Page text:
Loss prompts attorneys to fundraise for breast cancer

Loss prompts attorneys to fundraise for breast cancer
Yelena Chizhik and Howard Coker

Participation in Real Men Wear Pink growing locally, nationally

Yelena Chizhik was an important member of Coker Law until she died of breast cancer.

Chizhik created the trial firms’ trial presentations, focus groups and trial technology. “She was an outdoors woman – hiking, she loved to train dogs, she lived an amazing robust life,” said Charlene Shirk, public relations chair for the local Real Men Wear Pink breast cancer fundraising campaign. 

Battling breast cancer for the second time, Chizhik lost her life earlier this year prompting members of her firm to launch a vigorous fundraising campaign for cancer research.

“In addition to being an important member of our trial team, she was a very warm, very wonderful person, had a great sense of humor,” said Howard Coker, partner. “It does hurt a lot on a personal and professional level. Her loss put Dan and I in a situation where we felt we should do our part and make people aware of the ramifications of breast cancer,” he said referring to his law partner, Dan Iracki.

Coker and Iracki joined this year’s local Real Men Wear Pink fundraiser, which empowers men to raise money and awareness for breast cancer. To that end, they’ll be encouraging staff to swap suits and ties for pink shirts and tutus some days, and “all the things that people do,” said Iracki, including decorating for “save the tatas,” a slogan that goes with the breast cancer campaign.

Coker and Iracki are just two of growing numbers of men joining in the fight against breast cancer. Nationally, Real Men Wear Pink has grown exponentially since it began six years ago, said American Cancer Society Communications Director Joe Culotta. 

Culotta said the event grew from a campaign in Jackson, Tenn., in 2013 to 200 communities and 3,500 participants in 2019. Culotta said campaign participants have raised $9.5 million nationally so far, and local participants say fundraising has grown in Jacksonville as well.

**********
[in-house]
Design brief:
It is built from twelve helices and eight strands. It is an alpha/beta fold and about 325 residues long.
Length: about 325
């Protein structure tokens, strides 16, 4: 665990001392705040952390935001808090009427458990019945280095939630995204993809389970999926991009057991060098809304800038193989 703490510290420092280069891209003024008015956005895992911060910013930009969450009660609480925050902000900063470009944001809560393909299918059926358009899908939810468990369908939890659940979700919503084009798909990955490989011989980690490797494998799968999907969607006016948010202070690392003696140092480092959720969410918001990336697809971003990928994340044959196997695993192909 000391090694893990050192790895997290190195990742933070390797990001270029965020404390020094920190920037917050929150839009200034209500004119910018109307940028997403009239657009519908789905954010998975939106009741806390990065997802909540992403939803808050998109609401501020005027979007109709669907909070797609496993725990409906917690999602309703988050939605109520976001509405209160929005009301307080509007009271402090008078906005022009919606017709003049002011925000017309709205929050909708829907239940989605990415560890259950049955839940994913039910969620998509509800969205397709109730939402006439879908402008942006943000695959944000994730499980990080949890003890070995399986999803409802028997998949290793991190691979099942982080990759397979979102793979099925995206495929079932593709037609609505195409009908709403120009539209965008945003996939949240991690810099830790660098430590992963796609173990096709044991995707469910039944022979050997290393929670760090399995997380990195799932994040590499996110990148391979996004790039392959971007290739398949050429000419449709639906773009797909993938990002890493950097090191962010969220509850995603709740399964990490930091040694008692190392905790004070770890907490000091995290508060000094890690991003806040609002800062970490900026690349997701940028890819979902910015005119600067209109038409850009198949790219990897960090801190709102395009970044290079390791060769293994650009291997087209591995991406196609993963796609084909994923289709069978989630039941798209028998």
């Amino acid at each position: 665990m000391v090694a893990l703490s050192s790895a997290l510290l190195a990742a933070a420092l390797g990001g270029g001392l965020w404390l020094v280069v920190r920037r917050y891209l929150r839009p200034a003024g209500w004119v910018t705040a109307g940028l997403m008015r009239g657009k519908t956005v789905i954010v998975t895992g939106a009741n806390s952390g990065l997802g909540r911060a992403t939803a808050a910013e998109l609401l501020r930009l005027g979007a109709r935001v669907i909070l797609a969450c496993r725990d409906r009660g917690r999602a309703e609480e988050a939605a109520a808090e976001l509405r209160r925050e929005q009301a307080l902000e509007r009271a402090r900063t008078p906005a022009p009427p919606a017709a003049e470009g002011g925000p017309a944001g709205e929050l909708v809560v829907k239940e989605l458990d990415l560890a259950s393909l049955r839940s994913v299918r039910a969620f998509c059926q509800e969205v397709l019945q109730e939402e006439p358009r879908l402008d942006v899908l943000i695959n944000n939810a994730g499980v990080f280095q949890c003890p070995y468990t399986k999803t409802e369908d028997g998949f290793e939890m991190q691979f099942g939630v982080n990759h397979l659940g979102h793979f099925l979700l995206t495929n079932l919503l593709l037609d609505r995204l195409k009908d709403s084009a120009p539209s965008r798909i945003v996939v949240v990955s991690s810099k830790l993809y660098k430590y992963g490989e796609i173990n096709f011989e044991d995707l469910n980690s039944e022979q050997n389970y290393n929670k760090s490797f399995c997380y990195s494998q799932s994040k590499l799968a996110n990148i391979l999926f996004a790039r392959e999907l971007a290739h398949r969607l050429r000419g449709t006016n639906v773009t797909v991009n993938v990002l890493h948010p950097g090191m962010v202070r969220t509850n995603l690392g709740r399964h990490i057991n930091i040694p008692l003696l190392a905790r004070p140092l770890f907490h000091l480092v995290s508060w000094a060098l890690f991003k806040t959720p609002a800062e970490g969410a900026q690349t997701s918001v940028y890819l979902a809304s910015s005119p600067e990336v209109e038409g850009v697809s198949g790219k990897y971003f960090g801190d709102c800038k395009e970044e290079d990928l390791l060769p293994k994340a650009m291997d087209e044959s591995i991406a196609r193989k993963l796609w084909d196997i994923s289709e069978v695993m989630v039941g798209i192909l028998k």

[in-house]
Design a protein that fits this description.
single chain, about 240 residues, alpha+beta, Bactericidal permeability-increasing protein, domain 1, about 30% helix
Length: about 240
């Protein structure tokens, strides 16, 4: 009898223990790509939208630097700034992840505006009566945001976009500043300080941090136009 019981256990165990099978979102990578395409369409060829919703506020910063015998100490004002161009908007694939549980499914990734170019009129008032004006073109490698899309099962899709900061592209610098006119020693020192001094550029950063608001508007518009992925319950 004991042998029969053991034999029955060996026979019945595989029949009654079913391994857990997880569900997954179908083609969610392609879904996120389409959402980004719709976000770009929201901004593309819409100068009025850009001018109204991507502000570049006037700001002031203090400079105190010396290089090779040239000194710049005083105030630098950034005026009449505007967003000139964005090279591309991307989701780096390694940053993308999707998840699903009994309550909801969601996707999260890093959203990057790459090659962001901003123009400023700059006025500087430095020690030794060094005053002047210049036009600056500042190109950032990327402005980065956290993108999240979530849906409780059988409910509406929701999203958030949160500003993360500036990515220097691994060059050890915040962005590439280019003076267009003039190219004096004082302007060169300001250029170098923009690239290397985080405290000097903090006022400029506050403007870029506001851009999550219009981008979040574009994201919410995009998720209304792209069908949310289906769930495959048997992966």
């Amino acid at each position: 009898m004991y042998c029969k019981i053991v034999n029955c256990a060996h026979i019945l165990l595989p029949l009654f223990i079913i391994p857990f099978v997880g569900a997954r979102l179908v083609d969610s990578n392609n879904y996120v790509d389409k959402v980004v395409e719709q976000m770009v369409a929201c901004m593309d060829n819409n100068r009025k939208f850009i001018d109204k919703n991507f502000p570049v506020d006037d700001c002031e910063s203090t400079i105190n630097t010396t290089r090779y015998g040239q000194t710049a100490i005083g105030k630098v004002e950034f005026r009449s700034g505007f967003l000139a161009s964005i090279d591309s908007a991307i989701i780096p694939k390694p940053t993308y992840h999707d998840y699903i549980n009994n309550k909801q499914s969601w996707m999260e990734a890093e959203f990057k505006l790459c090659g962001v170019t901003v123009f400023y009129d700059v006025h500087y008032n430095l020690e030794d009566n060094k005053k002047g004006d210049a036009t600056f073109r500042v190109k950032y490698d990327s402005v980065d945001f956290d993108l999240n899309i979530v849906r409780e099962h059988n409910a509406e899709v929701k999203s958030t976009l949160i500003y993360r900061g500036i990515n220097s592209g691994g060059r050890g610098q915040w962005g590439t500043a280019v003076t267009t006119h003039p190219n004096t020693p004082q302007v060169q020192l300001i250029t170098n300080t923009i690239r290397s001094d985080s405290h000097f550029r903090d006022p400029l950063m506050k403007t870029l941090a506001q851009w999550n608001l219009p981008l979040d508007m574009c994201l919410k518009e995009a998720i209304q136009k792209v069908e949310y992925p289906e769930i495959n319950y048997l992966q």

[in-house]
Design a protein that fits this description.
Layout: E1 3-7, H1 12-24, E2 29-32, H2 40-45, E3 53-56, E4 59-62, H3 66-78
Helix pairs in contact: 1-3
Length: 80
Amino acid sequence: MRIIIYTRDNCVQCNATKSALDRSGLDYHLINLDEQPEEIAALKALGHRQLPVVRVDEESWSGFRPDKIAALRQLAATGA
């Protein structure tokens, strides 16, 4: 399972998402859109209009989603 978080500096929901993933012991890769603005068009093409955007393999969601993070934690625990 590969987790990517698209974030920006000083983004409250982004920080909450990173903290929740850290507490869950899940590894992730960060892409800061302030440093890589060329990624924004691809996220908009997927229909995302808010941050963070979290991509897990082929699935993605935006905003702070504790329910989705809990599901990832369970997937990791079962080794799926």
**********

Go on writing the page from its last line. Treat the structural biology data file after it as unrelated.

“The trend has definitely been that we raise more money year over year,” said Shirk, the public relations chair. This is the fourth year for the Jacksonville-area campaign, she said, adding that the group has raised $289,000 total since 2016 and seen participation rise from 28 men the first year to 38 in 2019. Last year alone, the local campaign brought in $140,000, said campaign Co-Chair Chris Condon said in a news release.

Each year, organizers start with a list of 60 men as potential fundraisers and then narrow down the list somewhere in the 30s or 40s, Shirk said. “It ends up being a magical mixture, different backgrounds. Some are business managers, some are corporate leaders, some are educators.” All are asked to make a commitment to fundraise or write a check for $2,500 at minimum.

While some men contract breast cancer, it occurs overwhelmingly in women. Still, men are powerfully affected as well, Shirk said.

“When a woman in their life is diagnosed, the men in their life are significantly impacted,” she said, noting the roles of men may change due to appointments and treatments and chemotherapy-associated sickness. “She is going to go through physical changes that her partner is obviously going to go through as well with her,” Shirk said. “The minute a woman is diagnosed with breast cancer, then man in her life is impacted.”

Coker and Iracki would agree, noting that Chizhik’s loss impacted their entire firm. That’s why they’re on a mission to help others.

“We want to win,” Iracki said. “We want to continue to raise the bar. We challenge our other brothers and sisters to fight. We are coming after them to win.” 

Those interested in learning more about the campaign or getting help can call 800-277-2345 or visit cancer.org

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